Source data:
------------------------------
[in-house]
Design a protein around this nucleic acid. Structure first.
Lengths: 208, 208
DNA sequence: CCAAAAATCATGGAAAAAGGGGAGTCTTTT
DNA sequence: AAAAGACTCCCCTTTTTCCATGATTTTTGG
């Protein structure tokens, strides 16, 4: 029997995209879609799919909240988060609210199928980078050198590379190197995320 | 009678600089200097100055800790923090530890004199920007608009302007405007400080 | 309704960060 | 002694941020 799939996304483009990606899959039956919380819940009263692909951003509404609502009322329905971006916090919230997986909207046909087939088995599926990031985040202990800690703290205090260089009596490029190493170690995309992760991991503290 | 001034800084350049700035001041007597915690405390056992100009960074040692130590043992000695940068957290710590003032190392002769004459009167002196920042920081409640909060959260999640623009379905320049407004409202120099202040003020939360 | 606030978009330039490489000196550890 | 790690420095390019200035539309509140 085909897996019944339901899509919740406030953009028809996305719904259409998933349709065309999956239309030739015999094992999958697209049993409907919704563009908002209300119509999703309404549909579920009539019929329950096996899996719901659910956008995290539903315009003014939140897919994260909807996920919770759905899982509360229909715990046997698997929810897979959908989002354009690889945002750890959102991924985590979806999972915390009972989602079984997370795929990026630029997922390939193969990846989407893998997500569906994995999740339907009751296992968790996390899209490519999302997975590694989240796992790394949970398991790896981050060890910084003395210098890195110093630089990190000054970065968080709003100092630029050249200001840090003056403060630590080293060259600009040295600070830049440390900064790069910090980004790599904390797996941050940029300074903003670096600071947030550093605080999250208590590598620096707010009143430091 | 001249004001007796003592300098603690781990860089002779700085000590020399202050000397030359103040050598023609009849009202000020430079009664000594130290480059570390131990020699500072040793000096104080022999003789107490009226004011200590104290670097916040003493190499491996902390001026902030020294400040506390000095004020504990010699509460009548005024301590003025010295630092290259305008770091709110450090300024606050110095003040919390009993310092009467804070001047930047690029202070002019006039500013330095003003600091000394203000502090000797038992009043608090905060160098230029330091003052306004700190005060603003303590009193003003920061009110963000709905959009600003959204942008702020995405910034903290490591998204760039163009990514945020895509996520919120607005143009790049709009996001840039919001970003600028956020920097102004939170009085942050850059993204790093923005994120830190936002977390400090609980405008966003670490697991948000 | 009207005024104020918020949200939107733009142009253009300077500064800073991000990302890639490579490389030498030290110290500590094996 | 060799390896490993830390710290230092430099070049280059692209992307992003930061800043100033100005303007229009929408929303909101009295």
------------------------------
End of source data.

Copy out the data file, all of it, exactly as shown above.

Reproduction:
[in-house]
Design a protein around this nucleic acid. Structure first.
Lengths: 208, 208
DNA sequence: CCAAAAATCATGGAAAAAGGGGAGTCTTTT
DNA sequence: AAAAGACTCCCCTTTTTCCATGATTTTTGG
């Protein structure tokens, strides 16, 4: 029997995209879609799919909240988060609210199928980078050198590379190197995320 | 009678600089200097100055800790923090530890004199920007608009302007405007400080 | 309704960060 | 002694941020 799939996304483009990606899959039956919380819940009263692909951003509404609502009322329905971006916090919230997986909207046909087939088995599926990031985040202990800690703290205090260089009596490029190493170690995309992760991991503290 | 001034800084350049700035001041007597915690405390056992100009960074040692130590043992000695940068957290710590003032190392002769004459009167002196920042920081409640909060959260999640623009379905320049407004409202120099202040003020939360 | 606030978009330039490489000196550890 | 790690420095390019200035539309509140 085909897996019944339901899509919740406030953009028809996305719904259409998933349709065309999956239309030739015999094992999958697209049993409907919704563009908002209300119509999703309404549909579920009539019929329950096996899996719901659910956008995290539903315009003014939140897919994260909807996920919770759905899982509360229909715990046997698997929810897979959908989002354009690889945002750890959102991924985590979806999972915390009972989602079984997370795929990026630029997922390939193969990846989407893998997500569906994995999740339907009751296992968790996390899209490519999302997975590694989240796992790394949970398991790896981050060890910084003395210098890195110093630089990190000054970065968080709003100092630029050249200001840090003056403060630590080293060259600009040295600070830049440390900064790069910090980004790599904390797996941050940029300074903003670096600071947030550093605080999250208590590598620096707010009143430091 | 001249004001007796003592300098603690781990860089002779700085000590020399202050000397030359103040050598023609009849009202000020430079009664000594130290480059570390131990020699500072040793000096104080022999003789107490009226004011200590104290670097916040003493190499491996902390001026902030020294400040506390000095004020504990010699509460009548005024301590003025010295630092290259305008770091709110450090300024606050110095003040919390009993310092009467804070001047930047690029202070002019006039500013330095003003600091000394203000502090000797038992009043608090905060160098230029330091003052306004700190005060603003303590009193003003920061009110963000709905959009600003959204942008702020995405910034903290490591998204760039163009990514945020895509996520919120607005143009790049709009996001840039919001970003600028956020920097102004939170009085942050850059993204790093923005994120830190936002977390400090609980405008966003670490697991948000 | 009207005024104020918020949200939107733009142009253009300077500064800073991000990302890639490579490389030498030290110290500590094996 | 060799390896490993830390710290230092430099070049280059692209992307992003930061800043100033100005303007229009929408929303909101009295």